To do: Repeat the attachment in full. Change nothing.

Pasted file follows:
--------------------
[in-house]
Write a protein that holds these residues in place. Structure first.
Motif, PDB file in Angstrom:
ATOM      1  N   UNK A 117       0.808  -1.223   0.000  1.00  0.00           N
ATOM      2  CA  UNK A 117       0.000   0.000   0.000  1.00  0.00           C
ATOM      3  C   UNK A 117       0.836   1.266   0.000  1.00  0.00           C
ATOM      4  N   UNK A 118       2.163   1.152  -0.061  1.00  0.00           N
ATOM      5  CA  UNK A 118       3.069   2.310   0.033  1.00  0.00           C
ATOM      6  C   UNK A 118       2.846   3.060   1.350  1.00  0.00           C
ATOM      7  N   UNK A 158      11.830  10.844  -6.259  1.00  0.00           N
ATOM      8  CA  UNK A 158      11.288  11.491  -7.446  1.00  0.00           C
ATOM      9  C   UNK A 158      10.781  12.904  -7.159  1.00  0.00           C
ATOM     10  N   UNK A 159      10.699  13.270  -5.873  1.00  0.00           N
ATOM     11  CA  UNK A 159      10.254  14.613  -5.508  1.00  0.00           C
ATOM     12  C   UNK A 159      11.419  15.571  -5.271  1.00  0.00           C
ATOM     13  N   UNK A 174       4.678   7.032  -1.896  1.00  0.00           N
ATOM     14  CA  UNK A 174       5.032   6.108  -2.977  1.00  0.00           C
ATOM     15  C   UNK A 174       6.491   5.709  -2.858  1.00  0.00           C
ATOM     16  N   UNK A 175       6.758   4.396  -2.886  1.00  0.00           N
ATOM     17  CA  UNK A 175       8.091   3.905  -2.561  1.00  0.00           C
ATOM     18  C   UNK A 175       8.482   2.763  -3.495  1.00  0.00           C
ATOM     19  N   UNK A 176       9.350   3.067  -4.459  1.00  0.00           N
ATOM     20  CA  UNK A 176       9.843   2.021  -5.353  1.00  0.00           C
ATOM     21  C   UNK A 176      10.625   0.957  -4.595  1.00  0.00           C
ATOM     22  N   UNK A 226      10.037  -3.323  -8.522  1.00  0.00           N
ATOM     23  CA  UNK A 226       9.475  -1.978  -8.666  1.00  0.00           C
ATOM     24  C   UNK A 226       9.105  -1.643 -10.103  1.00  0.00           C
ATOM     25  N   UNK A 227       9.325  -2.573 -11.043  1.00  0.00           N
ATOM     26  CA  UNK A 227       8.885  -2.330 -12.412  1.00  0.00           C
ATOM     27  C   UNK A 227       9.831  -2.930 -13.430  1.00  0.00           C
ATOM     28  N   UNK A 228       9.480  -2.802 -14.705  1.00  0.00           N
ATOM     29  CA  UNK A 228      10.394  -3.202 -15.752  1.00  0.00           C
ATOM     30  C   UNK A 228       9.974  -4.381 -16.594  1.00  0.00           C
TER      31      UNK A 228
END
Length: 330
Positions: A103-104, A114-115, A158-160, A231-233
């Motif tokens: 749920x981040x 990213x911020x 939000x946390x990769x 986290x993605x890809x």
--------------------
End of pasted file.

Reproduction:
[in-house]
Write a protein that holds these residues in place. Structure first.
Motif, PDB file in Angstrom:
ATOM      1  N   UNK A 117       0.808  -1.223   0.000  1.00  0.00           N
ATOM      2  CA  UNK A 117       0.000   0.000   0.000  1.00  0.00           C
ATOM      3  C   UNK A 117       0.836   1.266   0.000  1.00  0.00           C
ATOM      4  N   UNK A 118       2.163   1.152  -0.061  1.00  0.00           N
ATOM      5  CA  UNK A 118       3.069   2.310   0.033  1.00  0.00           C
ATOM      6  C   UNK A 118       2.846   3.060   1.350  1.00  0.00           C
ATOM      7  N   UNK A 158      11.830  10.844  -6.259  1.00  0.00           N
ATOM      8  CA  UNK A 158      11.288  11.491  -7.446  1.00  0.00           C
ATOM      9  C   UNK A 158      10.781  12.904  -7.159  1.00  0.00           C
ATOM     10  N   UNK A 159      10.699  13.270  -5.873  1.00  0.00           N
ATOM     11  CA  UNK A 159      10.254  14.613  -5.508  1.00  0.00           C
ATOM     12  C   UNK A 159      11.419  15.571  -5.271  1.00  0.00           C
ATOM     13  N   UNK A 174       4.678   7.032  -1.896  1.00  0.00           N
ATOM     14  CA  UNK A 174       5.032   6.108  -2.977  1.00  0.00           C
ATOM     15  C   UNK A 174       6.491   5.709  -2.858  1.00  0.00           C
ATOM     16  N   UNK A 175       6.758   4.396  -2.886  1.00  0.00           N
ATOM     17  CA  UNK A 175       8.091   3.905  -2.561  1.00  0.00           C
ATOM     18  C   UNK A 175       8.482   2.763  -3.495  1.00  0.00           C
ATOM     19  N   UNK A 176       9.350   3.067  -4.459  1.00  0.00           N
ATOM     20  CA  UNK A 176       9.843   2.021  -5.353  1.00  0.00           C
ATOM     21  C   UNK A 176      10.625   0.957  -4.595  1.00  0.00           C
ATOM     22  N   UNK A 226      10.037  -3.323  -8.522  1.00  0.00           N
ATOM     23  CA  UNK A 226       9.475  -1.978  -8.666  1.00  0.00           C
ATOM     24  C   UNK A 226       9.105  -1.643 -10.103  1.00  0.00           C
ATOM     25  N   UNK A 227       9.325  -2.573 -11.043  1.00  0.00           N
ATOM     26  CA  UNK A 227       8.885  -2.330 -12.412  1.00  0.00           C
ATOM     27  C   UNK A 227       9.831  -2.930 -13.430  1.00  0.00           C
ATOM     28  N   UNK A 228       9.480  -2.802 -14.705  1.00  0.00           N
ATOM     29  CA  UNK A 228      10.394  -3.202 -15.752  1.00  0.00           C
ATOM     30  C   UNK A 228       9.974  -4.381 -16.594  1.00  0.00           C
TER      31      UNK A 228
END
Length: 330
Positions: A103-104, A114-115, A158-160, A231-233
């Motif tokens: 749920x981040x 990213x911020x 939000x946390x990769x 986290x993605x890809x």